SEOUL — A North Korean cargo ship was reportedly steaming toward Myanmar on Sunday even as it was shadowed by a U.S. Navy destroyer, posing the first test of how far the United States and its allies will go to stop the North’s suspected arms trade under a new United Nations resolution.
The United States began tracking the 2,000-ton Kang Nam after it left Nampo, a port near Pyongyang, on Wednesday. U.S. officials have declined to say where the ship was headed and what it might be carrying but said it was “a subject of interest.”
Fox News quoted a senior U.S. military source as saying the U.S. Navy destroyer John S. McCain was positioning itself in case it gets orders to intercept. North Korea has already said it would consider interception an “act of war” and act accordingly.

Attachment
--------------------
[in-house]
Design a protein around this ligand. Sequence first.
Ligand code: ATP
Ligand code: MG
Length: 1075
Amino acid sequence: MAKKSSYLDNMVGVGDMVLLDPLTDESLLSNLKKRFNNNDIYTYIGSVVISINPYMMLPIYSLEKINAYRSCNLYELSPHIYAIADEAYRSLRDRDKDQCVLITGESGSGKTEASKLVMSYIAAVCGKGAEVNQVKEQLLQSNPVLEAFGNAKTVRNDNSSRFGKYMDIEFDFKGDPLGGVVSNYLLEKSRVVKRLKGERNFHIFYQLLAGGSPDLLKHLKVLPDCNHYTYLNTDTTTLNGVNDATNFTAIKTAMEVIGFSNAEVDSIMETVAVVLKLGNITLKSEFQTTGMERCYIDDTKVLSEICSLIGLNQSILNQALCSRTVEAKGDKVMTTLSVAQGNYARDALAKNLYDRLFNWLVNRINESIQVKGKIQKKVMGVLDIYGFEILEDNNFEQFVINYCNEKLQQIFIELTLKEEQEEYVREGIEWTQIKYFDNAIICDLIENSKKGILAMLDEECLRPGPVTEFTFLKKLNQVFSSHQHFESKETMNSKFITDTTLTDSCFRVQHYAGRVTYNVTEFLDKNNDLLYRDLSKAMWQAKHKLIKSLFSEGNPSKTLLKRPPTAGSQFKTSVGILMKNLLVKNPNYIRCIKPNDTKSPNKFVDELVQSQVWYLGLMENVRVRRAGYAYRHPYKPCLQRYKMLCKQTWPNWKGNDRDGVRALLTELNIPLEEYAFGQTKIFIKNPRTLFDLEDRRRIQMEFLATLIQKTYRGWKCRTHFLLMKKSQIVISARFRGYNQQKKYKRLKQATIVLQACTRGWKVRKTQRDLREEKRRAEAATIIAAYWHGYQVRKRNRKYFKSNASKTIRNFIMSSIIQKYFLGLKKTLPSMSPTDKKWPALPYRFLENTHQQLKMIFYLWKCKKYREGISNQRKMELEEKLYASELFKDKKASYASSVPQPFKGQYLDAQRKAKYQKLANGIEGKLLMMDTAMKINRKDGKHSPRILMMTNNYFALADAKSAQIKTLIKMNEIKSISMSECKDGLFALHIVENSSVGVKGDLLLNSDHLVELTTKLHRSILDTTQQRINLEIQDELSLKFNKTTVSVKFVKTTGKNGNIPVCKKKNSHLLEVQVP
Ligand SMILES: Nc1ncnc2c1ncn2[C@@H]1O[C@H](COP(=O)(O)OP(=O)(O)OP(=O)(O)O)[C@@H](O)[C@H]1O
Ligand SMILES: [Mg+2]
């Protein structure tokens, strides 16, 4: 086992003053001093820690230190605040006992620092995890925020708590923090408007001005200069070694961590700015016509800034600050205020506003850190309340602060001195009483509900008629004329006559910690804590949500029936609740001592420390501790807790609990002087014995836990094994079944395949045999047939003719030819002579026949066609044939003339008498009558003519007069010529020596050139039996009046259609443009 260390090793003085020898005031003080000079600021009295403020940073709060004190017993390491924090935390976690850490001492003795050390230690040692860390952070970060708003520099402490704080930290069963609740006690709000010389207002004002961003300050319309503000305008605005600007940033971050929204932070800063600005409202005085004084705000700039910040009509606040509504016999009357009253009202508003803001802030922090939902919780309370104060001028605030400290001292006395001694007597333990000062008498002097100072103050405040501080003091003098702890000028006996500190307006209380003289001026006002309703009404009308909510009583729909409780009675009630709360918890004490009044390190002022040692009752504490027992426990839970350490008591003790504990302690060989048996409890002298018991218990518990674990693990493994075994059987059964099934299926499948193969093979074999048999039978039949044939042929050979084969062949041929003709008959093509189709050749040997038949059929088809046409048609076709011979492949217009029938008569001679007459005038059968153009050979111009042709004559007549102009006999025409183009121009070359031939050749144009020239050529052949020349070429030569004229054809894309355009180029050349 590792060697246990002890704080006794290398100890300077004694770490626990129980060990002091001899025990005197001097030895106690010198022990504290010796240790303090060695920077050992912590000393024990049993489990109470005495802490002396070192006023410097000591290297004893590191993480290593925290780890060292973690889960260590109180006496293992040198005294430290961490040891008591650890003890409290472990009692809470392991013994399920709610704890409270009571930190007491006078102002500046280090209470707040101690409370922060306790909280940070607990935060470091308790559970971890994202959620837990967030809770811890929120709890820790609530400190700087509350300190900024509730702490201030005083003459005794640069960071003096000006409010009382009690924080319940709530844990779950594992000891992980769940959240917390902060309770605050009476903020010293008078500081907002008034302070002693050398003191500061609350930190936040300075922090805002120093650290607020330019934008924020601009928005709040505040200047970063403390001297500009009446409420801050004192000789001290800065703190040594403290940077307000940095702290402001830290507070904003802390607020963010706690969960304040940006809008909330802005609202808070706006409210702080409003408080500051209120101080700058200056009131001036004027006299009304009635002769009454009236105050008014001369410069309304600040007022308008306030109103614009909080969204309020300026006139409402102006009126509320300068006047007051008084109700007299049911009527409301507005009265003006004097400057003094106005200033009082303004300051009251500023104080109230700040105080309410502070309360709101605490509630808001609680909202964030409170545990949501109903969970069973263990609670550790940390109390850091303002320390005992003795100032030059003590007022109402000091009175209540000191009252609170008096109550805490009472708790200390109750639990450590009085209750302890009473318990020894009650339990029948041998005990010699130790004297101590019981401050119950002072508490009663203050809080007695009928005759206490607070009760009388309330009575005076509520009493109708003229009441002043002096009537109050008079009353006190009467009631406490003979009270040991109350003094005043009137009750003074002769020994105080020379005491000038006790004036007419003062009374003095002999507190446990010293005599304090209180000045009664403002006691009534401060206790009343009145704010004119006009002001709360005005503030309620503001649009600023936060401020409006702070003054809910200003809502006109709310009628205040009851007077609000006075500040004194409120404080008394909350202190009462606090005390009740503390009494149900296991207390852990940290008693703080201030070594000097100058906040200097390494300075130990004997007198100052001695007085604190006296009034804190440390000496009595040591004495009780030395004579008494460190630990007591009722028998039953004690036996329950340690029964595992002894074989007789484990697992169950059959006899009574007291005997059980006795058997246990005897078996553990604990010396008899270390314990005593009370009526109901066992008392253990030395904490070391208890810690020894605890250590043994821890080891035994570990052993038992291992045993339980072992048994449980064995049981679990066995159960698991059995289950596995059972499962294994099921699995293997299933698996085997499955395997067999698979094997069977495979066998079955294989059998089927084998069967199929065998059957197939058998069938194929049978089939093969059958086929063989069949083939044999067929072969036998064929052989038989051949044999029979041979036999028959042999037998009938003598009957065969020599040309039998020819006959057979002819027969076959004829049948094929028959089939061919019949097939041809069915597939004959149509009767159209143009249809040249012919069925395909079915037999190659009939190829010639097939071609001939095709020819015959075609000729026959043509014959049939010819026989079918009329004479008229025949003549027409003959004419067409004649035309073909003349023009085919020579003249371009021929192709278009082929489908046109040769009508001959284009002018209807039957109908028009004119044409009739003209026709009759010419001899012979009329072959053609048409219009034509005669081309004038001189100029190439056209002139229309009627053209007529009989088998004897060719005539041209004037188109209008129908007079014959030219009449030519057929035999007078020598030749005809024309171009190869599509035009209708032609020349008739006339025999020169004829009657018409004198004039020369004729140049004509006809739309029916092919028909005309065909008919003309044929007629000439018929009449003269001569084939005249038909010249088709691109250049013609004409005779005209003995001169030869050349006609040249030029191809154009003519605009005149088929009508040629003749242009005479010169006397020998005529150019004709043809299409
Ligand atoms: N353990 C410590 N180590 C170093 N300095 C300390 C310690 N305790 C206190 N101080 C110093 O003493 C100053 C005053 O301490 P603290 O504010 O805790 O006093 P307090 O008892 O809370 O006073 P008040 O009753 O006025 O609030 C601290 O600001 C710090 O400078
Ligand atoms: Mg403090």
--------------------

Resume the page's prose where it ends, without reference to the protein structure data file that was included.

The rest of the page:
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YTN, a news cable channel in South Korea, reported on Sunday that the ship was headed for Myanmar, a country long suspected of buying North Korean arms and providing transit services for North Korean vessels engaged in illicit trade.
Quoting an unidentified intelligence source, YTN said that the U.S. authorities suspected the ship of carrying missiles or related parts.